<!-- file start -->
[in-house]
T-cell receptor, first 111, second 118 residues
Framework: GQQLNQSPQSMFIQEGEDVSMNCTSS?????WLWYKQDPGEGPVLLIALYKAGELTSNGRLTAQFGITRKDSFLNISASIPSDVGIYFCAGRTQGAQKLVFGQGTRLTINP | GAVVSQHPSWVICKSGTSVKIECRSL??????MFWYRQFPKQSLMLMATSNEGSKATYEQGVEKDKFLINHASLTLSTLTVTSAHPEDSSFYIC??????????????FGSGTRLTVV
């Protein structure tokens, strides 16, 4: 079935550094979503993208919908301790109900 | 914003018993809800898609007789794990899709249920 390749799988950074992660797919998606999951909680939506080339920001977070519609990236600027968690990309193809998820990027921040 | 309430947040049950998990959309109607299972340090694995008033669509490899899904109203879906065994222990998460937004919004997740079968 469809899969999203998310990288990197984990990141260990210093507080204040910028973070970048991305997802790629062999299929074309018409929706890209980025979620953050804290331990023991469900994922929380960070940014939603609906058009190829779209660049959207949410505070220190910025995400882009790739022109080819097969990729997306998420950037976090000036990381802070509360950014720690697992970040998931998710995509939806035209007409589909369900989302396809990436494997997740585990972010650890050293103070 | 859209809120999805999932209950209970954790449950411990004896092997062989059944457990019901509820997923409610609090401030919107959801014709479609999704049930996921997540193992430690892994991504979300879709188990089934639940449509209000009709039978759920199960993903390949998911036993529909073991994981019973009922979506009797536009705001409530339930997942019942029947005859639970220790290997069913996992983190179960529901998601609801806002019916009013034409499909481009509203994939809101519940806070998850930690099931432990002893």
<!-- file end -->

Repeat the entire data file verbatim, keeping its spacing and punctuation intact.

[in-house]
T-cell receptor, first 111, second 118 residues
Framework: GQQLNQSPQSMFIQEGEDVSMNCTSS?????WLWYKQDPGEGPVLLIALYKAGELTSNGRLTAQFGITRKDSFLNISASIPSDVGIYFCAGRTQGAQKLVFGQGTRLTINP | GAVVSQHPSWVICKSGTSVKIECRSL??????MFWYRQFPKQSLMLMATSNEGSKATYEQGVEKDKFLINHASLTLSTLTVTSAHPEDSSFYIC??????????????FGSGTRLTVV
């Protein structure tokens, strides 16, 4: 079935550094979503993208919908301790109900 | 914003018993809800898609007789794990899709249920 390749799988950074992660797919998606999951909680939506080339920001977070519609990236600027968690990309193809998820990027921040 | 309430947040049950998990959309109607299972340090694995008033669509490899899904109203879906065994222990998460937004919004997740079968 469809899969999203998310990288990197984990990141260990210093507080204040910028973070970048991305997802790629062999299929074309018409929706890209980025979620953050804290331990023991469900994922929380960070940014939603609906058009190829779209660049959207949410505070220190910025995400882009790739022109080819097969990729997306998420950037976090000036990381802070509360950014720690697992970040998931998710995509939806035209007409589909369900989302396809990436494997997740585990972010650890050293103070 | 859209809120999805999932209950209970954790449950411990004896092997062989059944457990019901509820997923409610609090401030919107959801014709479609999704049930996921997540193992430690892994991504979300879709188990089934639940449509209000009709039978759920199960993903390949998911036993529909073991994981019973009922979506009797536009705001409530339930997942019942029947005859639970220790290997069913996992983190179960529901998601609801806002019916009013034409499909481009509203994939809101519940806070998850930690099931432990002893």